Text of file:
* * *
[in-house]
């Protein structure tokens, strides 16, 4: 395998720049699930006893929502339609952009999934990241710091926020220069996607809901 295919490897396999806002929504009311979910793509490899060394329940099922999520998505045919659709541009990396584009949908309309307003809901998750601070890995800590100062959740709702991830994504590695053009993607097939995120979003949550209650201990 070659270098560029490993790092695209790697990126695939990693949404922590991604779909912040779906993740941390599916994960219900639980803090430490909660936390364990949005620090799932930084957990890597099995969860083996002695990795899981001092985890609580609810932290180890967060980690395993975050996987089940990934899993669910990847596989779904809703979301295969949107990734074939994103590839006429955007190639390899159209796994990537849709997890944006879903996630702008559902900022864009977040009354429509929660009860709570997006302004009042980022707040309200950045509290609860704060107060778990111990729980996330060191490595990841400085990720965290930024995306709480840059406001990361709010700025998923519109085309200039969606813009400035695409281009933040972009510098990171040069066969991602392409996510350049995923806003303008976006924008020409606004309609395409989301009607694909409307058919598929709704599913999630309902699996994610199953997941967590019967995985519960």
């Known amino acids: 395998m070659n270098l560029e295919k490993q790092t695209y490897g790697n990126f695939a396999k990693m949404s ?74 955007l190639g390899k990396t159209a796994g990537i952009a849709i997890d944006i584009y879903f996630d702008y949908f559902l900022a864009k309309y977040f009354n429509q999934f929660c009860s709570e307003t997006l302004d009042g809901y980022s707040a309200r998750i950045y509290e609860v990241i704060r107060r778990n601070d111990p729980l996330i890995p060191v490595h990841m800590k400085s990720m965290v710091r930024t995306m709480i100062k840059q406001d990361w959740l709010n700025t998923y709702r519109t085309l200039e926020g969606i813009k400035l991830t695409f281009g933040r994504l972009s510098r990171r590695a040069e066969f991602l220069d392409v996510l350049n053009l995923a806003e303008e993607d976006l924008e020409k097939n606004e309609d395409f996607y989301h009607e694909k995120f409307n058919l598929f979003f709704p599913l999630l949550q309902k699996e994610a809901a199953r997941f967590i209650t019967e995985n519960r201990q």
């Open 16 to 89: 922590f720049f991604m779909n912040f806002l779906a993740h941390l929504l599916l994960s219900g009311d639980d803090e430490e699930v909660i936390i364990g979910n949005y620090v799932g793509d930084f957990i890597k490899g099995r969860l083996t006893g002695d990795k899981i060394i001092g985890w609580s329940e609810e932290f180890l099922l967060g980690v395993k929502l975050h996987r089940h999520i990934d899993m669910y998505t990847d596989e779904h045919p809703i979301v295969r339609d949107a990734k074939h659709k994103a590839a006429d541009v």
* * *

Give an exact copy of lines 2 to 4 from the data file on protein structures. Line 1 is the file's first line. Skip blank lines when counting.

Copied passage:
């Protein structure tokens, strides 16, 4: 395998720049699930006893929502339609952009999934990241710091926020220069996607809901 295919490897396999806002929504009311979910793509490899060394329940099922999520998505045919659709541009990396584009949908309309307003809901998750601070890995800590100062959740709702991830994504590695053009993607097939995120979003949550209650201990 070659270098560029490993790092695209790697990126695939990693949404922590991604779909912040779906993740941390599916994960219900639980803090430490909660936390364990949005620090799932930084957990890597099995969860083996002695990795899981001092985890609580609810932290180890967060980690395993975050996987089940990934899993669910990847596989779904809703979301295969949107990734074939994103590839006429955007190639390899159209796994990537849709997890944006879903996630702008559902900022864009977040009354429509929660009860709570997006302004009042980022707040309200950045509290609860704060107060778990111990729980996330060191490595990841400085990720965290930024995306709480840059406001990361709010700025998923519109085309200039969606813009400035695409281009933040972009510098990171040069066969991602392409996510350049995923806003303008976006924008020409606004309609395409989301009607694909409307058919598929709704599913999630309902699996994610199953997941967590019967995985519960």
């Known amino acids: 395998m070659n270098l560029e295919k490993q790092t695209y490897g790697n990126f695939a396999k990693m949404s ?74 955007l190639g390899k990396t159209a796994g990537i952009a849709i997890d944006i584009y879903f996630d702008y949908f559902l900022a864009k309309y977040f009354n429509q999934f929660c009860s709570e307003t997006l302004d009042g809901y980022s707040a309200r998750i950045y509290e609860v990241i704060r107060r778990n601070d111990p729980l996330i890995p060191v490595h990841m800590k400085s990720m965290v710091r930024t995306m709480i100062k840059q406001d990361w959740l709010n700025t998923y709702r519109t085309l200039e926020g969606i813009k400035l991830t695409f281009g933040r994504l972009s510098r990171r590695a040069e066969f991602l220069d392409v996510l350049n053009l995923a806003e303008e993607d976006l924008e020409k097939n606004e309609d395409f996607y989301h009607e694909k995120f409307n058919l598929f979003f709704p599913l999630l949550q309902k699996e994610a809901a199953r997941f967590i209650t019967e995985n519960r201990q």
């Open 16 to 89: 922590f720049f991604m779909n912040f806002l779906a993740h941390l929504l599916l994960s219900g009311d639980d803090e430490e699930v909660i936390i364990g979910n949005y620090v799932g793509d930084f957990i890597k490899g099995r969860l083996t006893g002695d990795k899981i060394i001092g985890w609580s329940e609810e932290f180890l099922l967060g980690v395993k929502l975050h996987r089940h999520i990934d899993m669910y998505t990847d596989e779904h045919p809703i979301v295969r339609d949107a990734k074939h659709k994103a590839a006429d541009v």